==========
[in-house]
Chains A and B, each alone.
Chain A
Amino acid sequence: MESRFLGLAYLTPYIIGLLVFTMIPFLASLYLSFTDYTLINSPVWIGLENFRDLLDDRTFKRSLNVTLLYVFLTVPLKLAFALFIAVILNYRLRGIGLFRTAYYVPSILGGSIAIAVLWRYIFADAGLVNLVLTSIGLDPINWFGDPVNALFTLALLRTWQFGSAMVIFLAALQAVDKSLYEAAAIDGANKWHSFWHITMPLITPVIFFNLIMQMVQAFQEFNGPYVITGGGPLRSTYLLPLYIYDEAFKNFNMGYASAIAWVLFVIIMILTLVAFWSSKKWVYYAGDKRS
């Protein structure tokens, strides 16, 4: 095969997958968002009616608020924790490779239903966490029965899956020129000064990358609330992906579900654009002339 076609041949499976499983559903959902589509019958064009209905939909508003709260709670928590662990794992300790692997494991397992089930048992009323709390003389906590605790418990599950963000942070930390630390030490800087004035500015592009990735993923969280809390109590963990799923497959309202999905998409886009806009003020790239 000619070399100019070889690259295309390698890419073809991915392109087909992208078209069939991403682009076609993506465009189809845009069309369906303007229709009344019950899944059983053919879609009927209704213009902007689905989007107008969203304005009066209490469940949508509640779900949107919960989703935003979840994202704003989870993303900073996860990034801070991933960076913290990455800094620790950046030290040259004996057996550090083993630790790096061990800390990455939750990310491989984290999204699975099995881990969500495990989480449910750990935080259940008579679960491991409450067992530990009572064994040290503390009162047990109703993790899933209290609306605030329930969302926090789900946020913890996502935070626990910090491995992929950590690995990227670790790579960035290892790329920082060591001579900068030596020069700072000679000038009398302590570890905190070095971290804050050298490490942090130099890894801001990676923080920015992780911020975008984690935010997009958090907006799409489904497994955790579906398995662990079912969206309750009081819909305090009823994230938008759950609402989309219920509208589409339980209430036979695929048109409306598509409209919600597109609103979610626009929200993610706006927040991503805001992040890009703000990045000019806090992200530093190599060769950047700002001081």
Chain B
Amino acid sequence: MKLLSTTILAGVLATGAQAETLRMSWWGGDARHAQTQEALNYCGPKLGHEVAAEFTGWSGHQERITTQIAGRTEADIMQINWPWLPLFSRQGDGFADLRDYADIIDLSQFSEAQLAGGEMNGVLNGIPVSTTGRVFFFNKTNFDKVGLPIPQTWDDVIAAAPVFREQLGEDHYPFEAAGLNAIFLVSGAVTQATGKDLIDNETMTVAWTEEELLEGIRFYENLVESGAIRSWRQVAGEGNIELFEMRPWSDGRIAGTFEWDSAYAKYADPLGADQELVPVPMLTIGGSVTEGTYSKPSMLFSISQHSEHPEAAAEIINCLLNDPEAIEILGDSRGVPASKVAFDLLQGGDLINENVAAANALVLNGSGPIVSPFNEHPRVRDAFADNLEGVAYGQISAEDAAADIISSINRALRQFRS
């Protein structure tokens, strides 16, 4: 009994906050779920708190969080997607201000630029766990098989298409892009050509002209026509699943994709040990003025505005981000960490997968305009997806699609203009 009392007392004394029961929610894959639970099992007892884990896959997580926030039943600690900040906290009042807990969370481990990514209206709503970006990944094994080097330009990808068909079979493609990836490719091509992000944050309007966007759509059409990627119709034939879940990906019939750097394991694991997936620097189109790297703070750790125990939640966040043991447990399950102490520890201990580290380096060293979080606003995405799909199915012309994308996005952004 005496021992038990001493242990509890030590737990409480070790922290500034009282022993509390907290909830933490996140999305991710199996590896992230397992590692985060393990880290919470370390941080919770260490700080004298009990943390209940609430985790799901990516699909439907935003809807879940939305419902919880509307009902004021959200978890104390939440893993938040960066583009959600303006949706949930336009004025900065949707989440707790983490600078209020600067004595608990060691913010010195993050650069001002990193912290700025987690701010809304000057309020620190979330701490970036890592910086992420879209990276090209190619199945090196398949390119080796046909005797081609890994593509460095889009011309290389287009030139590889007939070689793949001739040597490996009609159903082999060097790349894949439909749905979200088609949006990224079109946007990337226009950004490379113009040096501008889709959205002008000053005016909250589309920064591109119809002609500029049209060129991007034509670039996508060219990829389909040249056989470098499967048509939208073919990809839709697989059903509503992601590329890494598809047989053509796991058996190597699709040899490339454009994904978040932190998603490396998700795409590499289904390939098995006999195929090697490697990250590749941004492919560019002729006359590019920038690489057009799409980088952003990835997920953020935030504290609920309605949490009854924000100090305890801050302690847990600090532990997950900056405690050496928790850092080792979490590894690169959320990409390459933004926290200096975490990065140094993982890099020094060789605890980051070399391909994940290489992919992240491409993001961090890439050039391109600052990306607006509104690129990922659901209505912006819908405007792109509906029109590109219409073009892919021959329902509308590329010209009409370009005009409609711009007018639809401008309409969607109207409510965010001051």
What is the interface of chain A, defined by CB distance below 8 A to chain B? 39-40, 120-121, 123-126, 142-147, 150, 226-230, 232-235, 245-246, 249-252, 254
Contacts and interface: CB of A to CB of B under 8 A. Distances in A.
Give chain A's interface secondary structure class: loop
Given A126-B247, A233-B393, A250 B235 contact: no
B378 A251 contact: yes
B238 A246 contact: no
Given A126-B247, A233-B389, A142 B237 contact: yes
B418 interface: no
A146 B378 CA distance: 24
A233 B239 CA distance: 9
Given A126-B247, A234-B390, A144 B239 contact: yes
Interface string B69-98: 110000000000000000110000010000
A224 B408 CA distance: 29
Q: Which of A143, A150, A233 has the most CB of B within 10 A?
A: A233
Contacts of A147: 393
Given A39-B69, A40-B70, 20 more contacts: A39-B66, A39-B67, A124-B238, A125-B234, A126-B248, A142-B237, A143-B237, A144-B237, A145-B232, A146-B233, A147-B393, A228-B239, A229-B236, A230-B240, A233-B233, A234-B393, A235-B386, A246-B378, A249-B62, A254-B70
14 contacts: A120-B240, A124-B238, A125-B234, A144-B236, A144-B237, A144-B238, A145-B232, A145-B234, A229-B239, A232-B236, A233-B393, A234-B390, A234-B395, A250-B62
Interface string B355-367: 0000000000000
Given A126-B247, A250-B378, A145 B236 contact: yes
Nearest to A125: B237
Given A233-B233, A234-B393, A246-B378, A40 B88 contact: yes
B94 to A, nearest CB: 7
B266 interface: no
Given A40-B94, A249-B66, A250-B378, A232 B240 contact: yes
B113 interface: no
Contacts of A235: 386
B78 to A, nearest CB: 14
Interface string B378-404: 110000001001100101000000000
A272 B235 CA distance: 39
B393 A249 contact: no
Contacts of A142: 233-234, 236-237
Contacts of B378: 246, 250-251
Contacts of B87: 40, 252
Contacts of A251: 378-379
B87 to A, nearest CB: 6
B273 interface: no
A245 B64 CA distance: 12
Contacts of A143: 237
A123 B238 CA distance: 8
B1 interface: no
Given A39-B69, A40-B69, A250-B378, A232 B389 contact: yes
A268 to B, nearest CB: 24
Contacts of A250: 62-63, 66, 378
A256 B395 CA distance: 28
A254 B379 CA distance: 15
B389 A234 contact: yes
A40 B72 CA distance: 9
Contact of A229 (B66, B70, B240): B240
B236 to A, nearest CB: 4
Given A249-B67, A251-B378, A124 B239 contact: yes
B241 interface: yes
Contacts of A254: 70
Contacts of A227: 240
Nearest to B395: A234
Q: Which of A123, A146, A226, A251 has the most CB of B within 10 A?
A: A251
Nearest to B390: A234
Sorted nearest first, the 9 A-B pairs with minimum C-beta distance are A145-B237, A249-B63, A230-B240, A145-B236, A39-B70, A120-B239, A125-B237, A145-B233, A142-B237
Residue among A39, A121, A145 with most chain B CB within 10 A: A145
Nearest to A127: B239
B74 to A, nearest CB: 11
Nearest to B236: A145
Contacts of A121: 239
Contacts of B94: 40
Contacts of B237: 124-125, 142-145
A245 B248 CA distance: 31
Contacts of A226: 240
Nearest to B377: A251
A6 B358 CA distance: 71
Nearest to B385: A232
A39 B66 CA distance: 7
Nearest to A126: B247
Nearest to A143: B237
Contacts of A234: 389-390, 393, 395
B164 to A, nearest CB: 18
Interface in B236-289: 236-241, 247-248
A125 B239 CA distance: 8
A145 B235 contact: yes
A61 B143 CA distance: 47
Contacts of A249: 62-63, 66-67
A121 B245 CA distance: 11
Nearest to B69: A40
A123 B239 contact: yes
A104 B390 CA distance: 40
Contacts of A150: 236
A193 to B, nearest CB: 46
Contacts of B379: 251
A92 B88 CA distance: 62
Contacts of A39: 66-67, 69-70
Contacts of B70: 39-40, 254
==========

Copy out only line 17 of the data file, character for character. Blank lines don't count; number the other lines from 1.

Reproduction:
A146 B378 CA distance: 24